Prayer for Liverpool
Theology really does matter. As its name suggests, theology is about God (the Greek word Theos means God). But theology is not just about God, it is about the science of what it means to be human. In Christian theology human beings are created in the image of God. We can learn about God by taking humanity seriously. We can learn what it means to be human by taking God seriously. As our world discusses what the new normal could be like, as it tries to recover from the pandemic, it is worth ensuring that theologians are there around the table. As theologians we have something to say that is important.
The real point is that all of us who take God seriously are theologians. All of us who meet together (online as much as offline), where the Word of God is explored in the Liturgy of the Word, and where the Bread of Life is shared in the Liturgy of the Sacrament, are called to be theologians. As theologians all of us have something to say that is important.
So what can we learn by taking humanity seriously? We can see how the image of God bestowed in creation has been dulled and damaged by human disobedience. We can see how the saving grace of Christ holds out the offer for that image to be restored, as our souls feast on the Word of God and on the Bread of Life. All of us who take God seriously have something to say as theologians about what the new normal could be like.
In today’s Gospel reading from Matthew, Jesus once again reveals his deep insight into the malaise of the human race. Look at children playing in the market place, he says, learn from the games they play. Some of those games are naïve and innocent, but others can be brutal and damaging. Children can be fickle. Adults can be fickle too. Jesus experienced this for himself when the crowds who shouted ‘Hosanna’ on Palm Sunday changed their tune to ‘Crucify’ on Good Friday. It is worth taking this into account when discussing what the new normal could be like. As theologians we have something to say that is important.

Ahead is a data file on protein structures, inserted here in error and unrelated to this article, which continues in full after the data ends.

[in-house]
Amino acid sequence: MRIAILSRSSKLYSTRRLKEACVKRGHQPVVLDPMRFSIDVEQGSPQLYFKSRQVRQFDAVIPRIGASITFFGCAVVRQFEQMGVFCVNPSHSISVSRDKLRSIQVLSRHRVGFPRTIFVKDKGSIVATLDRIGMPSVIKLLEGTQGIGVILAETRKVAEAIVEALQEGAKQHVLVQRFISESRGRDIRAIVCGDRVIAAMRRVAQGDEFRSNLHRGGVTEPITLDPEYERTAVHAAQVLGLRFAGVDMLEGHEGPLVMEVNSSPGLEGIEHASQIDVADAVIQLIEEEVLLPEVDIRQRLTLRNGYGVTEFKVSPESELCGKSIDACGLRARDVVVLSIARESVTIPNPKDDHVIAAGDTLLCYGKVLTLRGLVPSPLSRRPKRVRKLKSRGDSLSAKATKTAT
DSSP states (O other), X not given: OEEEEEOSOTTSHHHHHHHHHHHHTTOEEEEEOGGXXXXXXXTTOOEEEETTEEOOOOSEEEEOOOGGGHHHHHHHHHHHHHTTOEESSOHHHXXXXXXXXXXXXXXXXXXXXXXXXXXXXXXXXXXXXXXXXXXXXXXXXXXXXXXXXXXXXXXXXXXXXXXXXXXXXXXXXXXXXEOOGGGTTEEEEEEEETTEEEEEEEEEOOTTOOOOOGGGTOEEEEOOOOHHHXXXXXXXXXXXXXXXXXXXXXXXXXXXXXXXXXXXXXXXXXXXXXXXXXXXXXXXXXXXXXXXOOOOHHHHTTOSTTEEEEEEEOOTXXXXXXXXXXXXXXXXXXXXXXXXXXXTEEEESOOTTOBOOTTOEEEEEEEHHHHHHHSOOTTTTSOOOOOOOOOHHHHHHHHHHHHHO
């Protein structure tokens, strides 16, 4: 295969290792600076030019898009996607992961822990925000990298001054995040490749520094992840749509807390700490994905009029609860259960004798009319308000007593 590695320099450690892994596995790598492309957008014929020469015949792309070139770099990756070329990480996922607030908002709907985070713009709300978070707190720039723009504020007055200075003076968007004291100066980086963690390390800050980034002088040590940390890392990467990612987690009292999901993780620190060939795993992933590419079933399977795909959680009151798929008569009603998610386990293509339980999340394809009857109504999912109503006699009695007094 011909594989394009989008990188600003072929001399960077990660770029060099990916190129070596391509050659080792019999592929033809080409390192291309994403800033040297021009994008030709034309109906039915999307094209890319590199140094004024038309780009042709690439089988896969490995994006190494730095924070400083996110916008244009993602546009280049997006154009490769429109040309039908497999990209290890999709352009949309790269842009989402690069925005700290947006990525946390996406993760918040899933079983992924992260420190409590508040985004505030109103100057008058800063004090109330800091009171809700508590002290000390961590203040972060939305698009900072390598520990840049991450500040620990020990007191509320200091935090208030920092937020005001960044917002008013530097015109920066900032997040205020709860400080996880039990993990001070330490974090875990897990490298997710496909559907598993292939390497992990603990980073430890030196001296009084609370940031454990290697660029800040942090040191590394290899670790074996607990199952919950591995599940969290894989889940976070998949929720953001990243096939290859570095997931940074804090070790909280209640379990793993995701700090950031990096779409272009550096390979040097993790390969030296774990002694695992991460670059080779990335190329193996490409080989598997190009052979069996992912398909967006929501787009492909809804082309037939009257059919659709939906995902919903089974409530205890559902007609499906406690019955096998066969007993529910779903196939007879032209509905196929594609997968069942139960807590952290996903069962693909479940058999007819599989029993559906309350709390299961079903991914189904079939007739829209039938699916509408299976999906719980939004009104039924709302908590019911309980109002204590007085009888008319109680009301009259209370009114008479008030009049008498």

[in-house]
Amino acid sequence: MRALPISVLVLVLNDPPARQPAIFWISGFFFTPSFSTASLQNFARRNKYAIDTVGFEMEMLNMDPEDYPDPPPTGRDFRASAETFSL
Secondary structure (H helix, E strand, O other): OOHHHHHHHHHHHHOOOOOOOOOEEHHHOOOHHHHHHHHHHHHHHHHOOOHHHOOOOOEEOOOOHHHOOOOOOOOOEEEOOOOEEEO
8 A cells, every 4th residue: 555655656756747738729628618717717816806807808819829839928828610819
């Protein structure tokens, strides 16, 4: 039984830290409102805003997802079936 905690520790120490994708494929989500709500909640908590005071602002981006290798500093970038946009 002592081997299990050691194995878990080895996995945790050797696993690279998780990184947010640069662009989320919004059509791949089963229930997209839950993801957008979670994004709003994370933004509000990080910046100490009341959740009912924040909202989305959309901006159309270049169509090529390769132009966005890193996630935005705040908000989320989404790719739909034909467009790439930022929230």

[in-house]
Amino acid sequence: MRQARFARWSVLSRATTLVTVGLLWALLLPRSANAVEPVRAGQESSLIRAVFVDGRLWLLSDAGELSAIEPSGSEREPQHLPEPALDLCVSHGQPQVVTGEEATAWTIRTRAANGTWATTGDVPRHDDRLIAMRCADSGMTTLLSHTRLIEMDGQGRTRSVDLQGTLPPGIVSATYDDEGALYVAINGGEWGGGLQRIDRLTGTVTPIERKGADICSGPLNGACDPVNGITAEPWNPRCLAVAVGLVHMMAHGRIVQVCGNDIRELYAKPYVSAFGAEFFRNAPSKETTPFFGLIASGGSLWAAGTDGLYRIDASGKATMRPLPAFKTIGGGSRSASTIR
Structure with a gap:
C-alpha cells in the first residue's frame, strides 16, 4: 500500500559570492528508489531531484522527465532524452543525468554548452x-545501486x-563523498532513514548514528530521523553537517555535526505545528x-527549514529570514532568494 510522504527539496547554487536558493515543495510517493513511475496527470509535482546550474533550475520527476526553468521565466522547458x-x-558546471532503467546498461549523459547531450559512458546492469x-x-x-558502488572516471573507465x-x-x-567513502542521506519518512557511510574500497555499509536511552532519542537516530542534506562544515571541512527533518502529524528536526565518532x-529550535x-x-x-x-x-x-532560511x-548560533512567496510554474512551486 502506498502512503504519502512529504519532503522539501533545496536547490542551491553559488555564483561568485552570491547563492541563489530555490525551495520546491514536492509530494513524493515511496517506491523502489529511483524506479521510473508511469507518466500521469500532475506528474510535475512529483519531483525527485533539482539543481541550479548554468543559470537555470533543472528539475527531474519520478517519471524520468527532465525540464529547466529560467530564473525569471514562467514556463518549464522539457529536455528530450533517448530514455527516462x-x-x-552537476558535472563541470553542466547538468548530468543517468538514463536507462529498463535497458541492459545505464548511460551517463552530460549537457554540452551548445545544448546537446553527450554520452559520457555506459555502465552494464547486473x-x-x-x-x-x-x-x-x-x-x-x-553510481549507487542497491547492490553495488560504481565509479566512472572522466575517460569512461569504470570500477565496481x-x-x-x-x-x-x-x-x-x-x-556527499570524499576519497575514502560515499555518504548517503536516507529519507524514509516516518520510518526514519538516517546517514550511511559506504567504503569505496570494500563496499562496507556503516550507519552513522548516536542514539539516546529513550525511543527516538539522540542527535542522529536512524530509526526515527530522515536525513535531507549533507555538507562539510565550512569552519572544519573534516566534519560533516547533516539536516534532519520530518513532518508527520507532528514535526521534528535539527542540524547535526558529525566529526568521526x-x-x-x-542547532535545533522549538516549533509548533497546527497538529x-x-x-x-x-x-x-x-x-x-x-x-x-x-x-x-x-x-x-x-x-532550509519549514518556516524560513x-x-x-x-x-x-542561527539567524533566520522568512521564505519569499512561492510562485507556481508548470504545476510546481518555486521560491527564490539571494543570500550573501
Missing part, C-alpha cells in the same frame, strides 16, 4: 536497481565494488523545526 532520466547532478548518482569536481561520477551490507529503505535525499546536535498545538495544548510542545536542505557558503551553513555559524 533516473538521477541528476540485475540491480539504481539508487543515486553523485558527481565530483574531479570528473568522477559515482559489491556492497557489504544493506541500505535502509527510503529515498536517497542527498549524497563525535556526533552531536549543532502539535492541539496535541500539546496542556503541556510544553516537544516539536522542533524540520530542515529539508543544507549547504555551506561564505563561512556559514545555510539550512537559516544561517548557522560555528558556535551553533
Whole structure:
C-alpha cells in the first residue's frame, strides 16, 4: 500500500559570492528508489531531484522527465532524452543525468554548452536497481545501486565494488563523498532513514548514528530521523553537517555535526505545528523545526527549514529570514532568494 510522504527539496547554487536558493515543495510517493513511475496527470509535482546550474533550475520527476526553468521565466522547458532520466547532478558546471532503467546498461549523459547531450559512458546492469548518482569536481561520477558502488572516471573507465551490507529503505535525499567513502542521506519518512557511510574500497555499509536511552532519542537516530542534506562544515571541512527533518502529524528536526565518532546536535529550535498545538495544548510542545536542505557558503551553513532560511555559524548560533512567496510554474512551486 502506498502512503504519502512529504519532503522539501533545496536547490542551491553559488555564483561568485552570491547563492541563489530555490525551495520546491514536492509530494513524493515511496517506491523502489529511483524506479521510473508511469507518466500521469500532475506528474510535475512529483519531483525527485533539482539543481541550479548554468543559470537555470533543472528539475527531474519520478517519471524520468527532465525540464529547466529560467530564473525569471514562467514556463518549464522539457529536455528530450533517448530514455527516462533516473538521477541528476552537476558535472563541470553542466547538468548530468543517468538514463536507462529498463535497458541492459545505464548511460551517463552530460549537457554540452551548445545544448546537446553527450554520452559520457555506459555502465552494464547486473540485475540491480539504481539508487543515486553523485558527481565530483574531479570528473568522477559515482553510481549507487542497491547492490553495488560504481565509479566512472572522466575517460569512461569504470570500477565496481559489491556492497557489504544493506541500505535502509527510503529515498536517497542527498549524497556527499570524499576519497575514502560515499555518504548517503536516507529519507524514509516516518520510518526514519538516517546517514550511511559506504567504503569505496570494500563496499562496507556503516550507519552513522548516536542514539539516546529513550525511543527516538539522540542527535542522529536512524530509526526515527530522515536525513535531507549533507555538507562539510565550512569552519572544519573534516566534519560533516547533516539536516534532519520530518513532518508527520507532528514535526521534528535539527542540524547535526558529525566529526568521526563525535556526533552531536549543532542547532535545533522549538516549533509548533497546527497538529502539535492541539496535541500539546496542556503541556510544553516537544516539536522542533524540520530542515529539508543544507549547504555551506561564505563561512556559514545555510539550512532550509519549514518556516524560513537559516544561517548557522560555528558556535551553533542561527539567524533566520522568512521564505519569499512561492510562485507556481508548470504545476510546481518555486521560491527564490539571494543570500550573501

To prepare for this Sunday’s service, I invited those of you who want to do some thinking beforehand to focus on the image of children’s games, just as Aled and Siân are doing in today’s picture. Aled and Siân have chosen the simple by profound game of ‘I spy’ and that game leads them to discover one of the great mysteries of the Christian faith. This picture is from the book, Exploring Why: Bread, which you can read in its entirety here: http://www.st-marys-centre.org.uk/resources/Exploring%20Why%20Series/Bread/Bread%20Short%202016%20WEB.pdf.
Next week the reading from Matthew’s Gospel moves on to Matthew’s collection of parables, and some of those parables are grounded in the experience of agriculture. The image to help us to explore and to reflect on these parables is farmer. You can find out more about that theme here: https://www.prayerforliverpool.org/prayer-resources.html. We would really appreciate you letting us know how you are using these materials. Please send us your ideas and photos of the things you may create; email them to firstname.lastname@example.org.
We warmly invite you to join us in worship here:
Aled and Siân wish everyone a relaxing and game-filled Sunday.
supporting you during these uncertain times
Liverpool Cathedral is a place of encounter. Built by the people, for the people, to the Glory of God
Prayer for Liverpool
brought to you from Liverpool Cathedral
St James Mount
Liverpool Cathedral is a place of encounter.
Built by the people, for the people, to the Glory of God